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China: 5,000 Years

March 15 - November 15, 1998 | The Columbus Museum of Art |
480 E. Broad St. | Columbus, OH 43215 | USA

Image selection for the exhibition by Carolyn W. Schmidt, Ph.D.

Associated Readings

Introductions (PDF)

Early Societies and the Arts: The Foundations of a Civilization (PDF)

The First Empires (PDF)

Third Through the Tenth Centuries (PDF)

Confucius Quote:

Anciently superior men found the likeness of all excellent qualities in jade

Soft, smooth, and glossy, it appeared to them like benevolence

Fine, compact, and strong-- like intelligence

Angular, but not sharp and cutting-- like righteousness

Hanging down (in beads) as if it would fall to the ground-- like (the humility of) propriety

When struck, yielding a note, clear and prolonged, yet terminating abruptly-- like music

Its flaws not concealing its beauty, nor its beauty concealing its flaws-- like loyalty

With an internal radiance issuing from it on every side-- like good faith

Bright as a brilliant rainbow-- like heaven

Exquisite and mysterious, appearing in the hills and streams-- like the earth

Standing out conspicuous in the symbols of rank-- like virtue

Esteemed by all under the sky-- like the path of truth and duty

Confucius (traditional dates 551-479 BCE) Li Chi, Book XLV:13

After James Legge translation (New Hyde Park, New York: University Books, Inc., 1967) 2:464

Introduction to the Exhibition

Between 1850 and the present day, China's historic civilization has undergone a series of shocks and transformations that may be unprecedented in her history. This exhibition explores the ways its artists defined modernity and their own tradition against the complex background of China's recent history. This history included, in the nineteenth century, domestic rebellions, foreign invasions, and the establishment of treaty ports, and in the twentieth century, overthrow of the imperial system, urban industrialization, conquest by Japan, civil war, the Communist revolution, the Great Proletarian Cultural Revolution, and finally China's recent opening in commerce and culture to the international community.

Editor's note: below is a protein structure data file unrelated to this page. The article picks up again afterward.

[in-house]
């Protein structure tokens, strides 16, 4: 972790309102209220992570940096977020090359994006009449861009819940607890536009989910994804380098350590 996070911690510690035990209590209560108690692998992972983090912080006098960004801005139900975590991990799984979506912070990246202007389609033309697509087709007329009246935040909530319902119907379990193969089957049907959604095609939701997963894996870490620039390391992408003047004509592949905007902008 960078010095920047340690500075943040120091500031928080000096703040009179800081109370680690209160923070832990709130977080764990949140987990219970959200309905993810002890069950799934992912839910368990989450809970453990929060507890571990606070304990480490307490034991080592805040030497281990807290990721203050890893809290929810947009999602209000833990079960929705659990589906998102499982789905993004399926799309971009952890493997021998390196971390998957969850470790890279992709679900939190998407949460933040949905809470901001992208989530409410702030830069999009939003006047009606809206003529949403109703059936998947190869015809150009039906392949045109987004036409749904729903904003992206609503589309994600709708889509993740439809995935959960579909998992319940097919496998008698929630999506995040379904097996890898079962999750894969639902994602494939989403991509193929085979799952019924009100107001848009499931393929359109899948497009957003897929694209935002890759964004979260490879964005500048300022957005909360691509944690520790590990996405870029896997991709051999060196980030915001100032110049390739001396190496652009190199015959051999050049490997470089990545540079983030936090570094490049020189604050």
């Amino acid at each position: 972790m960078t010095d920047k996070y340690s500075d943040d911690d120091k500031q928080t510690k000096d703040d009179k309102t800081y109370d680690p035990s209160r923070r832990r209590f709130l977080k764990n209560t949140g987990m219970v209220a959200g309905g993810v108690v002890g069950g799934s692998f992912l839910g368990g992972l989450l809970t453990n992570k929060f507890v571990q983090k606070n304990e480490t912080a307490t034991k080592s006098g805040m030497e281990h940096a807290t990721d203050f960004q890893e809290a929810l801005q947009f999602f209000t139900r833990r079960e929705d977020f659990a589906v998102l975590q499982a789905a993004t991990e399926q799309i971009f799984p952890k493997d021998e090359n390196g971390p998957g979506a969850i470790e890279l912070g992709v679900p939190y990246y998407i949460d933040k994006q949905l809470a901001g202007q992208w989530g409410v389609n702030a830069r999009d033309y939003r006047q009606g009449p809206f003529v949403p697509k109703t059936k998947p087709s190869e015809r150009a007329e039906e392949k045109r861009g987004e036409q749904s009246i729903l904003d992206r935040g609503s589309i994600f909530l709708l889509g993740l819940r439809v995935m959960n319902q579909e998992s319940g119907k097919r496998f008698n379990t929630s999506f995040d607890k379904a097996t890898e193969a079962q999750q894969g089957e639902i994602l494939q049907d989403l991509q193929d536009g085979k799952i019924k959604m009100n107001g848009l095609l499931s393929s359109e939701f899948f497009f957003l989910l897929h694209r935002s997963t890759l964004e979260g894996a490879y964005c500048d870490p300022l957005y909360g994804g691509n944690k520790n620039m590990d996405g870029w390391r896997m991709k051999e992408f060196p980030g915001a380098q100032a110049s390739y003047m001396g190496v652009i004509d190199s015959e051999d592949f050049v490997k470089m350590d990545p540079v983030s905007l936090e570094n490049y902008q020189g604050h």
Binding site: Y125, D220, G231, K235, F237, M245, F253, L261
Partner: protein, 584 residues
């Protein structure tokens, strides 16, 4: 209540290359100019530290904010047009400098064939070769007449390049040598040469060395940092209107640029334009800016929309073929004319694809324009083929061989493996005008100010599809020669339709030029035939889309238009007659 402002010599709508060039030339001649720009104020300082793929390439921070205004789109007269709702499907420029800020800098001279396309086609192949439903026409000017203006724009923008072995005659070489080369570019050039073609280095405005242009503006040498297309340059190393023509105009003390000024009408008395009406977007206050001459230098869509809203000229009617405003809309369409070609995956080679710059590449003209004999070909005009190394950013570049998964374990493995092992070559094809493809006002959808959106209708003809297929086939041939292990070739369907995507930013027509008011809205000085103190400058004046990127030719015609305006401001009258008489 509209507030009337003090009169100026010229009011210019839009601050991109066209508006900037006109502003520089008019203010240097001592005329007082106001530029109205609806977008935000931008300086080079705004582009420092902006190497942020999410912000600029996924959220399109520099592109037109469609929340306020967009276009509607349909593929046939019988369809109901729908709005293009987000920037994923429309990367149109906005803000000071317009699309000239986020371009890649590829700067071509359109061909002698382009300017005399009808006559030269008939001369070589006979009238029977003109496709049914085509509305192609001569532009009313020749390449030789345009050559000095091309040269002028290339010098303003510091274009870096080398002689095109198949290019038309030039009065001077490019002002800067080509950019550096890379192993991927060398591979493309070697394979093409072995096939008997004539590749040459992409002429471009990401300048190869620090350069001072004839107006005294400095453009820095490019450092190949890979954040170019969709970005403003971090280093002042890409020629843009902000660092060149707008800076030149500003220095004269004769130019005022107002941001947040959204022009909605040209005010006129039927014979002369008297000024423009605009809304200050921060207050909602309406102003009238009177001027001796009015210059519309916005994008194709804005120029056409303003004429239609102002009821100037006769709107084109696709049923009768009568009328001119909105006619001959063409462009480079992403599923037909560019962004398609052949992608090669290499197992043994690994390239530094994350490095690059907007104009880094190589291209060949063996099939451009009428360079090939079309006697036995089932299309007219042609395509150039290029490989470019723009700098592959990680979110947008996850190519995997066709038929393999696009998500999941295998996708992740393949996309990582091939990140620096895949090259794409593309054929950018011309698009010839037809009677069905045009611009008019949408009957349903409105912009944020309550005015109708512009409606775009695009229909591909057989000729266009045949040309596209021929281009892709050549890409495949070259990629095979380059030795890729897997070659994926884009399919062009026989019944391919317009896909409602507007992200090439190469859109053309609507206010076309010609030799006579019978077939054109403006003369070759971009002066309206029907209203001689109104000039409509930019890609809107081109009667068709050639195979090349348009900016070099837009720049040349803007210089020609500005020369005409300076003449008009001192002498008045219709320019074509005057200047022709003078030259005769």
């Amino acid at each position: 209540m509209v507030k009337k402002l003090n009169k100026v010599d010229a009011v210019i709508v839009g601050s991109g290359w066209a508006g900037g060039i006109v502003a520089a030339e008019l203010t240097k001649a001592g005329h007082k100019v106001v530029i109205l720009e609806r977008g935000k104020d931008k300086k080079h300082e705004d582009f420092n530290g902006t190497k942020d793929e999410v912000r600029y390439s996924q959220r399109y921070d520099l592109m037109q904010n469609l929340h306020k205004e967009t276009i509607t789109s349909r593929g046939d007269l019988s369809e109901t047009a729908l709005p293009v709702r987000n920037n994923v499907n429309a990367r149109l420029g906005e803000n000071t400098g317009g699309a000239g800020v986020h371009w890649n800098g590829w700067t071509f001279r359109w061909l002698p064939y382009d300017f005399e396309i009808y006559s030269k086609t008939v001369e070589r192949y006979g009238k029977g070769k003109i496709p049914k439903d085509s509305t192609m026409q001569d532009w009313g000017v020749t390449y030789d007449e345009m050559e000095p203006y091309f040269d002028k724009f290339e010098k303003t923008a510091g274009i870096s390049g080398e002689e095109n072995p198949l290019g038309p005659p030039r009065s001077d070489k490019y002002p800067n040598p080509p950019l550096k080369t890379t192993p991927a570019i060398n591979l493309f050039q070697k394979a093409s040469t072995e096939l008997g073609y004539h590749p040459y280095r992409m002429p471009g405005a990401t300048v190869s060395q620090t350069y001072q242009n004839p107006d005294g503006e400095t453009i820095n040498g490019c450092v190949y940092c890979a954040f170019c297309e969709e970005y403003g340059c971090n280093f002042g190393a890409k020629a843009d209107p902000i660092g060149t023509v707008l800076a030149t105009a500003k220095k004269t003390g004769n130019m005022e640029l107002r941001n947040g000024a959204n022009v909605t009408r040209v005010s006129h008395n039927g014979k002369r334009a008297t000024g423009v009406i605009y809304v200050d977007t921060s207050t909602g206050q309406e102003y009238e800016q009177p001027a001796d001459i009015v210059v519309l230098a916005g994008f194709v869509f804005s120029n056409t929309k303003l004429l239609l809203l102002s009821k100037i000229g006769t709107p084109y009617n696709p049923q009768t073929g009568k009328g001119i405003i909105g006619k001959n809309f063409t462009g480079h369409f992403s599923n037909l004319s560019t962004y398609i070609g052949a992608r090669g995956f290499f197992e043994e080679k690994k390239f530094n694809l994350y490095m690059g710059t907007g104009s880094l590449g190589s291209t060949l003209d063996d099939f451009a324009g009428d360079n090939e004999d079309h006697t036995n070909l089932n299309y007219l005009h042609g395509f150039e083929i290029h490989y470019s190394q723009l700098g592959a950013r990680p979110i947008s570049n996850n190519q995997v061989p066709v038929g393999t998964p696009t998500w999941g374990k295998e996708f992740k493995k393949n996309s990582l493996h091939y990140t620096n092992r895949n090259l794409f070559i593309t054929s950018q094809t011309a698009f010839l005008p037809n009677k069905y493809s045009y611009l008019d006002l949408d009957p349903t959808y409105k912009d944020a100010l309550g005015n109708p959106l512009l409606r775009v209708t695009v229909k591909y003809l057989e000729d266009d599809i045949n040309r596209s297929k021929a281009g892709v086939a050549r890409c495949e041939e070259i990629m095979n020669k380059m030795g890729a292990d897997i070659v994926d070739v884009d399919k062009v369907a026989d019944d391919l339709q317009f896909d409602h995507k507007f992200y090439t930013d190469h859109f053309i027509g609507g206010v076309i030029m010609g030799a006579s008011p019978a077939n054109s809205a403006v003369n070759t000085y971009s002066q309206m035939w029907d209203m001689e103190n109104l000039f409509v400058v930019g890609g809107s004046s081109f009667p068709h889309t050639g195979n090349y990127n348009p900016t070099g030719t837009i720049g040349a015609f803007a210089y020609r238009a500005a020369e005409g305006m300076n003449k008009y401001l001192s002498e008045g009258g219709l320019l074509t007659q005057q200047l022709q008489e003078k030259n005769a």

A key issue for modern Chinese art is the degree to which Chinese artists have chosen to adopt Western conventions and the degree to which they have rejected them. Equally legitimate positions have been taken by artists whose work actively opposes the legacy of the past and by those who pursue innovations based upon their understanding of the Chinese tradition. The process of modernizing China's society during the past 150 years has created an art world in which ink painting (guohua) and oil painting are equally important component parts of the evolving mainstream of Chinese art. Modern Chinese art, in all its manifestations, may be seen as a conceptual and stylistic continuum of individual works that share web-like relationships to the culture of China's past and to those of a global present.

The exhibition is organized around four of the most compelling of the multiple realities that Chinese artists have constructed for themselves over the past century and a half. Moving roughly chronologically, the exhibition begins on the first floor with Innovations in Chinese Painting, 1850-1950. The second floor opens with radical experiments in Western media in The Modernist Generations, 1920-1950; moves next to the development of socialist realism in Art for New China, 1950-1980; and concludes with Transformations of Tradition, 1980-the Present, an examination of current trends.